3. Search online for sites offering free cake decorating instructions
Wilton.com is one of my favorites. Their site gives you basic cake recipes, and even tells you how to grease the pan, pour the batter, bake, cool, and unmold the cake, and finally, how to ice it.
Later, when you start doing cakes for customers, there will be requests for specific designs, but Wiltons can get you started with... (read the rest of this chapter in our 18 chapter eBook, Create Your Own Job!, available for the Kindle at http://amzn.to/GSflpq, or for the Nook at http://bit.ly/GHRlHE for a temporary price of only $1.00. See info at end of article to order a PDF copy of the book.
SAMPLE PAGES FROM CHAPTER 8: START YOUR OWN HOUSE CLEANING BUSINESS
With so many women joining the work force, time to keep the housework done is in short supply. Why not cash in on a lucrative job market where you can pretty much choose your own time schedule.
Had you visited in our home when my children were young, you would have thought a tornado had passed through their bedrooms during the night. They were a disaster. And the worst part was, no amount of reasoning, threatening, and punishment ever cured the problem. All three of my girls, I feared, were destined to be old maids. After all, what man in his right senses would ever propose to a young lady who chose to live in a pig sty?
The funny part about it was that when my children went to visit their grandparents or to stay overnight with a friend, I got all kinds of compliments on what wonderful little helpers they were. Why to hear my Mother tell it, they cleaned her kitchen for her until it shone. If they were asked to dust the living room, they argued with each other over who got to do the job for grandma.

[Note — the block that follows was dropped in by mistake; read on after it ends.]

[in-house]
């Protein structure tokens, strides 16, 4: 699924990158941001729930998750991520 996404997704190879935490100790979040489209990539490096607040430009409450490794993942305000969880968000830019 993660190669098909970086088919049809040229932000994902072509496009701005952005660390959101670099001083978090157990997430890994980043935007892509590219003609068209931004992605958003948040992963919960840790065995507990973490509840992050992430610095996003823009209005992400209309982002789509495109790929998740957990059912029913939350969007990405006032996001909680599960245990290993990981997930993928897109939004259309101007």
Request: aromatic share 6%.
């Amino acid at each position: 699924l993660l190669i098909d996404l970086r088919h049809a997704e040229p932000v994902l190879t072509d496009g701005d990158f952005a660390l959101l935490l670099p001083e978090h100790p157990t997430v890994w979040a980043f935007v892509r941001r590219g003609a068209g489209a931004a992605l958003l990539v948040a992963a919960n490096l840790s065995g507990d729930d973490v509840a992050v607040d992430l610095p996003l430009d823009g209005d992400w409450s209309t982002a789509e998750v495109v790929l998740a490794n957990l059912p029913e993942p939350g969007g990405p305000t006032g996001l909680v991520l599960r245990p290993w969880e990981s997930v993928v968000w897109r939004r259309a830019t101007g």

Isn’t that just like a kid? And it’s a bit like grown-ups, too. I notice that I’m not too keen on scrubbing my own sinks or windows, but when I baby sit for a friend or relative, I usually tackle any housework that needs doing there without giving it a thought. Why is that, I wonder? I guess it doesn’t seem like real “work” when it is in somebody else’s house. Anyway, that brings me to my subject for this article, “Starting your own house cleaning business.”
My neighbor cleaned houses for extra money for years. She once raved to me about how much she enjoyed her job, and often had far more business than she wanted. Finally, she decided to stick to just three or four regular customers. She set up a time convenient to her for each of her clients, spreading them out during the week so that she didn’t feel overworked. Her fee was $15 an hour. At that time, I thought, “Wow! I would never pay $15 an hour for someone to do something I could do for myself.” But, after giving it some thought, I decided that paying that amount just once during the week and knowing that my vacuuming, bed changing, window washing, laundry etc. was taken care of would be well worth it. Apparently her clients thought so, too, because she kept most of them until she decided to retire.
If you decide to try the house cleaning business yourself, here are a few things you need to consider.
1. Set the limits for your work area
Decide at the beginning if you want to limit your business to your immediate neighborhood or whether you are willing to drive across town to work. If you plan to include sites some distance from your home, your price should include a mileage allowance or your profit will be considerably diminished, especially with today’s high gas prices.
2. Supplies you will need For most housecleaning jobs, you will probably just need to come with an apron for yourself and some gloves if your hands are sensitive. Most likely, your client will have mops, brooms, vacuums, soap, etc. If you have a tool of your own that you prefer to use rather than what the client has, bring it along.
3. Finding the jobs Did you know that it is estimated that over 60% of all jobs are found through networking? That means letting people you know—friends, relatives, associates—that you are looking for work and what kind of work you are looking for. (read the rest of this chapter in our18 chapter, Create Your Own Job! ebook by clicking one of the links above, or by ordering a PDF copy through the Paypal button below.)